Display Concepts & Architecture

The MPF Media Controller uses the same core architecture to power all kinds of displays, regardless of whether it’s a DMD (physical or virtual, monochrome or color), an LCD (on screen window displays), or a combination of both.

The MPF Media Controller’s display system is based based on Kivy (a multimedia programming library) and uses technologies like SDL2 and Gstreamer under the hood.

Here’s an architecture diagram which details how the MPF Media Controller’s display system works. It’s kind of complex to look at, but we’ll to step through it piece-by-piece. The good news is that you don’t have to understand all of it to use MPF. (You can follow our step-by-step tutorial to get your display up and running just with a few config file entries.) But as you start to create more advanced display effects, it will be helpful to understand how everything fits together.

../_images/display_architecture.png

The major components of the MPF Media Controller’s display system are:

Displays

Every “target” display is setup in MPF as a display. For example, if you have a DMD, that is your display. If you have an LCD with a graphical window, then that is your display. MPF can support multiple displays at the same time, so you could have a DMD in the backbox and then a smaller LCD display on the playfield.

You can even create sub-displays where one display has a small window which is another display (kind of like picture-in-picture). For example, you could use this to have a dot-effect window inside of a high def window on an LCD in the backbox.

Slides

Every display has a list of “slides”, (which are the same height and width of the display). One slide is “active” at a time, meaning it’s the slide that’s showing. Think of these like slides in a slide projector. You’ll probably end up with hundreds of slides, but only one is showing at a time.

You can use transition effects to switch from one slide to another. (These are things like sliding in, pushing, fading, flipping, etc.)

You’ll probably end up with hundreds of slides.

Widgets

Widgets are the “things” you actually put on slides. There are lots of different types of widgets, including text, images, videos, shapes, etc.

Different widgets have different properties, like their x,y position on the slide, their size, color, etc.

You can position widgets on slides with pixel-level accuracy, or you can use relative positions like “10% down from the top edge”, or “centered”, or “25% to the left of center”, etc. Using relative positions means that your display will be resolution independent.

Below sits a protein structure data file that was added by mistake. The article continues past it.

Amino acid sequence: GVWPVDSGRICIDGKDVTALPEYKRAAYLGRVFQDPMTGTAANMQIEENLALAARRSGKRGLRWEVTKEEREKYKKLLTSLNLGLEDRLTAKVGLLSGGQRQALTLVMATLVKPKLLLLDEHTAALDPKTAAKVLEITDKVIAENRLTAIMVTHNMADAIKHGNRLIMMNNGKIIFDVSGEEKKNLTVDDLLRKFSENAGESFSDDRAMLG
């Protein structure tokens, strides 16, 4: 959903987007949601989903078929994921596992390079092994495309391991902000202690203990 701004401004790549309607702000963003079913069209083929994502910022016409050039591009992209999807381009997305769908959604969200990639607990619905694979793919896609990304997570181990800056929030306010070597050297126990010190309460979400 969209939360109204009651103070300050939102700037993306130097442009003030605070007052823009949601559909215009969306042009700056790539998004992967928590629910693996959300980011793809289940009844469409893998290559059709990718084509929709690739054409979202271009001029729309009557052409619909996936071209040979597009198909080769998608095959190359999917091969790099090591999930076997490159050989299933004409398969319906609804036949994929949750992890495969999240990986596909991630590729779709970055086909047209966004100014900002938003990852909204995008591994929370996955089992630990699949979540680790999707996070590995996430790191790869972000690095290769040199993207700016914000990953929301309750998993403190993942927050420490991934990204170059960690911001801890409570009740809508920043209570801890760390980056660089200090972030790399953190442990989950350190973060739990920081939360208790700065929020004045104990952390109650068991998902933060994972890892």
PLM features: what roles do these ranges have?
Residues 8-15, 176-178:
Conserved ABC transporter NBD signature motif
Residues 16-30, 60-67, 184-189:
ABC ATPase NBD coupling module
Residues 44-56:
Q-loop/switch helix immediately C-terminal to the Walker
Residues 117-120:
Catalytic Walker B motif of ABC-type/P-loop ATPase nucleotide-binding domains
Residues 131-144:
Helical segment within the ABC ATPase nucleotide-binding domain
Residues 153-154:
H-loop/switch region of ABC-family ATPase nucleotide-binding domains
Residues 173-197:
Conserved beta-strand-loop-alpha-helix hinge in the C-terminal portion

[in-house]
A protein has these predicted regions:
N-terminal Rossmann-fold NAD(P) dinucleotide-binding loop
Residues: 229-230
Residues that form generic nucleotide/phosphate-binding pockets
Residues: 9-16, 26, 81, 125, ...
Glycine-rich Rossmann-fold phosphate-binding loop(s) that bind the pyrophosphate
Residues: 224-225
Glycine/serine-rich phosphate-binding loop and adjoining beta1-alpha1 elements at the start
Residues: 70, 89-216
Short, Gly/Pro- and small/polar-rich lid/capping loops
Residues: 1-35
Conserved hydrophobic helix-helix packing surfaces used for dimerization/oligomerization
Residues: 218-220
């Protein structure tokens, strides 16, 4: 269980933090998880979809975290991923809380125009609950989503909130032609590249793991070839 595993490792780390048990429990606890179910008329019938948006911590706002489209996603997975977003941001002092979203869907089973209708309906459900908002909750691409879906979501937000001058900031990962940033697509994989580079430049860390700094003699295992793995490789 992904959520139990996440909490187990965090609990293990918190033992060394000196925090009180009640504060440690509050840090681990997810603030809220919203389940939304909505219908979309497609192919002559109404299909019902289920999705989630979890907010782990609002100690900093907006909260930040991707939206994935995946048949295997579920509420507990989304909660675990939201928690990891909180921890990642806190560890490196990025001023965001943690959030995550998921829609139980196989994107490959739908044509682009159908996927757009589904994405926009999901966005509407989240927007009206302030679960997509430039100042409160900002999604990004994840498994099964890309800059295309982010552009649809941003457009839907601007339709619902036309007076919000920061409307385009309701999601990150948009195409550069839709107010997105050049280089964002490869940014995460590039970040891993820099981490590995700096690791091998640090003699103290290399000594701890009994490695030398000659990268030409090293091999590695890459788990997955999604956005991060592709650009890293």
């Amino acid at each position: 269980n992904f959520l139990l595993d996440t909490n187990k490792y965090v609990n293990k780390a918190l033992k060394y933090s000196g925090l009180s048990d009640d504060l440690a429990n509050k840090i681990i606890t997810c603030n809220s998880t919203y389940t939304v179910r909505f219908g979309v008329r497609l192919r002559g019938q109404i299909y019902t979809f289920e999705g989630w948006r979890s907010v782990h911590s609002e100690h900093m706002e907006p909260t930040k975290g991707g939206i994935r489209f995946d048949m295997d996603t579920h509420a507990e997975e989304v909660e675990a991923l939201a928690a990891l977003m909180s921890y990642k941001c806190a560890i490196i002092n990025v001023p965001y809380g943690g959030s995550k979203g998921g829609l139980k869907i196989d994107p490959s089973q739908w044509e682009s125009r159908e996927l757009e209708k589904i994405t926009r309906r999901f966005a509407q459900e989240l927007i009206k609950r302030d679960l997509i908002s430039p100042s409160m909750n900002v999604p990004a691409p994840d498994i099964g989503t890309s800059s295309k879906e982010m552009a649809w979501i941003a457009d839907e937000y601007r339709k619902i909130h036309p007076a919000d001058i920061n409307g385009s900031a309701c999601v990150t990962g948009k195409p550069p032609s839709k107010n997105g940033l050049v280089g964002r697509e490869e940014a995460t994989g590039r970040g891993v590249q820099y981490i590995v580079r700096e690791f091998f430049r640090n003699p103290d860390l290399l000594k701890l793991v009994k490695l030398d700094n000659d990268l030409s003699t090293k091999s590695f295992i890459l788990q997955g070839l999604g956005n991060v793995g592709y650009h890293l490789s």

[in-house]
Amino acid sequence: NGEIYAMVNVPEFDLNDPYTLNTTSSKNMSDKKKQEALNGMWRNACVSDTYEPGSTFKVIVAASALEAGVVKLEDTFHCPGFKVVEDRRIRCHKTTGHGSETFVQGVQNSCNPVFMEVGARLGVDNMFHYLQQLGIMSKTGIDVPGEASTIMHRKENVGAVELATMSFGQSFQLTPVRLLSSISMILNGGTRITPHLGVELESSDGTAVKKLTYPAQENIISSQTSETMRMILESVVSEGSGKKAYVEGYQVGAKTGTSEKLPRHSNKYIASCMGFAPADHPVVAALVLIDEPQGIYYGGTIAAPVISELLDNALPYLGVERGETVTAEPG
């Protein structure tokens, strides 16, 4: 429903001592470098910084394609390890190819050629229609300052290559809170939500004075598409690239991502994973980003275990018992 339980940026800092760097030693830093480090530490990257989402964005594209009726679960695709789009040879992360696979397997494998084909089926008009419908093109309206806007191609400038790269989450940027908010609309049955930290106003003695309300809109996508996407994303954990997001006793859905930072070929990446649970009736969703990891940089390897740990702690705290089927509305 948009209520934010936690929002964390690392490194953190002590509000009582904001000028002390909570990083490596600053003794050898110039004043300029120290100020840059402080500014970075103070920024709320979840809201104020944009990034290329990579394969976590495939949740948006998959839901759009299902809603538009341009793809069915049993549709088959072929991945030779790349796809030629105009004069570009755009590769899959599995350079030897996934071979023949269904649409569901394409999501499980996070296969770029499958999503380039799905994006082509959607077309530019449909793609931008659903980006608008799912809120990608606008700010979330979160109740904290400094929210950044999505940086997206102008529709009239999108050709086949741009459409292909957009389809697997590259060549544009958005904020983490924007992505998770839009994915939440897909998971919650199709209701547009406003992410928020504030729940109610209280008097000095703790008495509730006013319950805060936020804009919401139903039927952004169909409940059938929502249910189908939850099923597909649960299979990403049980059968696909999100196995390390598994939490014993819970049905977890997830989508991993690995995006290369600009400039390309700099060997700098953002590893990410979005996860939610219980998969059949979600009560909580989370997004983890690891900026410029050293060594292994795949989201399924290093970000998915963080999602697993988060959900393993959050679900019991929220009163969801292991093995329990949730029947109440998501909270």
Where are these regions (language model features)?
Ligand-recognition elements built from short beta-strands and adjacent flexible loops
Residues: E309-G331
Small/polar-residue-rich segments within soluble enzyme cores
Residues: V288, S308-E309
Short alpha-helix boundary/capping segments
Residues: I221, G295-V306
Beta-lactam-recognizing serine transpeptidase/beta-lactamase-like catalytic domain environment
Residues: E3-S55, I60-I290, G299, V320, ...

You can also animate the properties of a widget. For example, a widget could start out at the bottom of the display and then move to the center, or you can animate the size, or the color, or the opacity, or pretty much anything else you want. You can chain together multiple animations to run back-to-back, or you can configure multiple animations to happen at the same time.

You can even configure the “curve” of the formula that’s used to animate widgets, so you can have them smoothly accelerate and decelerate, or slow down as they’re animating, or pop into place, etc.

All these concepts come from PowerPoint. :)

The original creators of MPF have day jobs that require them to spend a lot of time with PowerPoint! If you’ve ever used PowerPoint, you should notice that we used PowerPoint (or Keynote or whatever presentation software you like) as the conceptual model for MPF’s display system. In PowerPoint, your content is a series of “slides.” Each slide contains one or more “elements (widgets)”. Those elements can be text, images, videos, drawing shapes, etc. Each element has a “size” (length & width), a “position” on the slide (x,y coordinates), a “layer” which controls how it overlaps with other elements, alpha transparencies, and animation effects (blink, sparkle, move, etc).

And even though your entire PowerPoint presentation is made of of lots of slides, only one slide is active on your “display” at a time. Then when you change to another slide, you can have nice animated “transitions” from one slide to the next.

So if the MPF display system seems kind of complex, just think of it like a giant PowerPoint presentation and it should all hopefully make sense. Now let’s start digging into some of the details of each of the parts of the display system.